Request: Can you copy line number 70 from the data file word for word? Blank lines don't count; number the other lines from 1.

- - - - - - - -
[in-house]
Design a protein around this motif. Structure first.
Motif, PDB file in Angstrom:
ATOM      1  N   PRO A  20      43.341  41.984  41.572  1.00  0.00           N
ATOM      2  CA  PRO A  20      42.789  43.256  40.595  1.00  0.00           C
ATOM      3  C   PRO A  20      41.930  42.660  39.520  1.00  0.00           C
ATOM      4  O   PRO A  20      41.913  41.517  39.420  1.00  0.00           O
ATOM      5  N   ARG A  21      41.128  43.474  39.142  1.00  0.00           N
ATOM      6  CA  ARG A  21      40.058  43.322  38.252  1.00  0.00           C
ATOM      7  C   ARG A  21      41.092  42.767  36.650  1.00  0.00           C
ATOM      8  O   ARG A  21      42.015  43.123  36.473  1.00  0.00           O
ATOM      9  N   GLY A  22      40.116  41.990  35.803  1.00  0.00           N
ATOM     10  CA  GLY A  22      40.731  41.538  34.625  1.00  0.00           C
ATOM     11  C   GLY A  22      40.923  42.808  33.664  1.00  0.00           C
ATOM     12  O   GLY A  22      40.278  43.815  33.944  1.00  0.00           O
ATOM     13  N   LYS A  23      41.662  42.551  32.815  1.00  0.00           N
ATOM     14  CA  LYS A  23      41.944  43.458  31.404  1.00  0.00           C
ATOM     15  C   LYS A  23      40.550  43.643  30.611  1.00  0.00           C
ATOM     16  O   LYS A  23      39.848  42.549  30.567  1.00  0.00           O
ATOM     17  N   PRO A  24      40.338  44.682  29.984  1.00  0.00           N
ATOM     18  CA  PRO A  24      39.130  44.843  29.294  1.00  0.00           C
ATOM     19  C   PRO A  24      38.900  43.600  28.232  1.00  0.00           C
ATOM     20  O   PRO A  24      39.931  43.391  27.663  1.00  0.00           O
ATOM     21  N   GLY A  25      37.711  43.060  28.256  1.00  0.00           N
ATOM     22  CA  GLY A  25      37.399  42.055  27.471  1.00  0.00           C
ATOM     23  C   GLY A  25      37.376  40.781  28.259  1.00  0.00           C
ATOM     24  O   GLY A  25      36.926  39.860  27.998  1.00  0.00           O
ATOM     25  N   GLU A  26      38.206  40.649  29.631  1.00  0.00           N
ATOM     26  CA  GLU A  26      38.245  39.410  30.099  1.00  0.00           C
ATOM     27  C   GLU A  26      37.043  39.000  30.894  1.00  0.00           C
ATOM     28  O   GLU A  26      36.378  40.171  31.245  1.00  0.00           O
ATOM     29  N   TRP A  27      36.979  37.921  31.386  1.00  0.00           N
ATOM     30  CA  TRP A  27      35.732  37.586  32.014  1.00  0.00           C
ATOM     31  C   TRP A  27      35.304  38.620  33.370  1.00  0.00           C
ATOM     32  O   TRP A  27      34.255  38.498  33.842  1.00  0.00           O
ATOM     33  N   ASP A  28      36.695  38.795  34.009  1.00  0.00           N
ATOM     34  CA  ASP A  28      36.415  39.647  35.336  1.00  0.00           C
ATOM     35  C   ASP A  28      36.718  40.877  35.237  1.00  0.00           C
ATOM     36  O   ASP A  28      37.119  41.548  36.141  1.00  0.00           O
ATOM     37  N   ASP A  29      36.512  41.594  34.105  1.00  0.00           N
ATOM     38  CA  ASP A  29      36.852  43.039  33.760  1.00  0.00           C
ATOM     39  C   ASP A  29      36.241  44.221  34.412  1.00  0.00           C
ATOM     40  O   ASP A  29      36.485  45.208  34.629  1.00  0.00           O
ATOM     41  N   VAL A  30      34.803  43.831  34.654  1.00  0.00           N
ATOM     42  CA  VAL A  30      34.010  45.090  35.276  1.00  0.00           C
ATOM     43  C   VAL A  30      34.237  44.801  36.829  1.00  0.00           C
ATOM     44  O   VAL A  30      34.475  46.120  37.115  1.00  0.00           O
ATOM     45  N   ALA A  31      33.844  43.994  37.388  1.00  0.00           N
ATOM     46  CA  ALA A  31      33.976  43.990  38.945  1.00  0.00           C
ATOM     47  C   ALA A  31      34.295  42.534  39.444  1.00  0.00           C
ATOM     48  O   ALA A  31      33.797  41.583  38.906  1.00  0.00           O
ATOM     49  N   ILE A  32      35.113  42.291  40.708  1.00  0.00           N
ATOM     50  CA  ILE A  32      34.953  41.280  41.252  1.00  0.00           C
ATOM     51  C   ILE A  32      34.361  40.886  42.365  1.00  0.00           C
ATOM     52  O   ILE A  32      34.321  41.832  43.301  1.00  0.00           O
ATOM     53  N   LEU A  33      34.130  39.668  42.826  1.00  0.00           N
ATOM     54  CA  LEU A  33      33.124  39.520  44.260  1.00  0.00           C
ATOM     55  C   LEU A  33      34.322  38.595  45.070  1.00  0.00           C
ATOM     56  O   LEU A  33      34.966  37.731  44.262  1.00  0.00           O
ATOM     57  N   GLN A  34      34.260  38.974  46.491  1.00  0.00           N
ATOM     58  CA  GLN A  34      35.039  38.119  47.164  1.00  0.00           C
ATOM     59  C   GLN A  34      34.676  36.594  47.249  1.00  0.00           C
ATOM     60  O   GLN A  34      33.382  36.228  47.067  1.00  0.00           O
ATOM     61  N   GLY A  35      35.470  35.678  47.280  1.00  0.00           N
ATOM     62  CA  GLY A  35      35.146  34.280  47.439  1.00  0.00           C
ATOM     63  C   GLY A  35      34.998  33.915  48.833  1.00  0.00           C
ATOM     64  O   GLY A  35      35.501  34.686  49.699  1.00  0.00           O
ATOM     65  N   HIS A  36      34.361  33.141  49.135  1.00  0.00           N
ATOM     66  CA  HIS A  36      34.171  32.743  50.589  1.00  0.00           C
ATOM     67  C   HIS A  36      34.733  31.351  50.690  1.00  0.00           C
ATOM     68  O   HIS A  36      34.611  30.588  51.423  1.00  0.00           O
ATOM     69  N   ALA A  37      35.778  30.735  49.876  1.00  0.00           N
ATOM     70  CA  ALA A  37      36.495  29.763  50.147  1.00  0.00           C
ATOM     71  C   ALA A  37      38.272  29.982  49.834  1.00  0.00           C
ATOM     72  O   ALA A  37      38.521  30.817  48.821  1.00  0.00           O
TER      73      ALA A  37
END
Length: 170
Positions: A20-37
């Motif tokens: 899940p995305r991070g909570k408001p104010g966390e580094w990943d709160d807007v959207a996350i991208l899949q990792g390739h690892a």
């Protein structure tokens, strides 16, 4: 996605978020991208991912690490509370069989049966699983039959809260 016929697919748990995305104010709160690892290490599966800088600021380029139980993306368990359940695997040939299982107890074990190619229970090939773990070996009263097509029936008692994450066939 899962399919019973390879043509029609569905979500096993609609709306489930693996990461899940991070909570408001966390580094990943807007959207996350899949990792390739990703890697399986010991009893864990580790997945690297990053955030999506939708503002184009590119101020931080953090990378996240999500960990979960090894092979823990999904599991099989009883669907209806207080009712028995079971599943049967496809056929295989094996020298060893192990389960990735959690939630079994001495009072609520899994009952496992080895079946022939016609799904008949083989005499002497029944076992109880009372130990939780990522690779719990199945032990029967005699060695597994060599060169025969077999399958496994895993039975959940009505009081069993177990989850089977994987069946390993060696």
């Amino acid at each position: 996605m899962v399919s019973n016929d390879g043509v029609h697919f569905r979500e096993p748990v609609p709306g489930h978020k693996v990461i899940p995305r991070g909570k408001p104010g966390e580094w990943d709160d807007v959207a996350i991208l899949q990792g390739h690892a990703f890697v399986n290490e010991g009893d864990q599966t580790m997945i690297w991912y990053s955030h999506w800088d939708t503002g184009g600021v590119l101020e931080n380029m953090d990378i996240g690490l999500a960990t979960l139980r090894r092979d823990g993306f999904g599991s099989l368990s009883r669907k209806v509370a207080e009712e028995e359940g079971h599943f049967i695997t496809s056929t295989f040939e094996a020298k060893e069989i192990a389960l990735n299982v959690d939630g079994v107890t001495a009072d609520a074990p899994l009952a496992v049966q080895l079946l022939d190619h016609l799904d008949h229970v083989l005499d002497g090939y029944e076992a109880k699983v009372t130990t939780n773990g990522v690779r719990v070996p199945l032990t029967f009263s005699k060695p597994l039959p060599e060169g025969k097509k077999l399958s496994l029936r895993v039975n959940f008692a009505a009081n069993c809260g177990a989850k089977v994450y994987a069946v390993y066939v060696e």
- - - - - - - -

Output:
ATOM     67  C   HIS A  36      34.733  31.351  50.690  1.00  0.00           C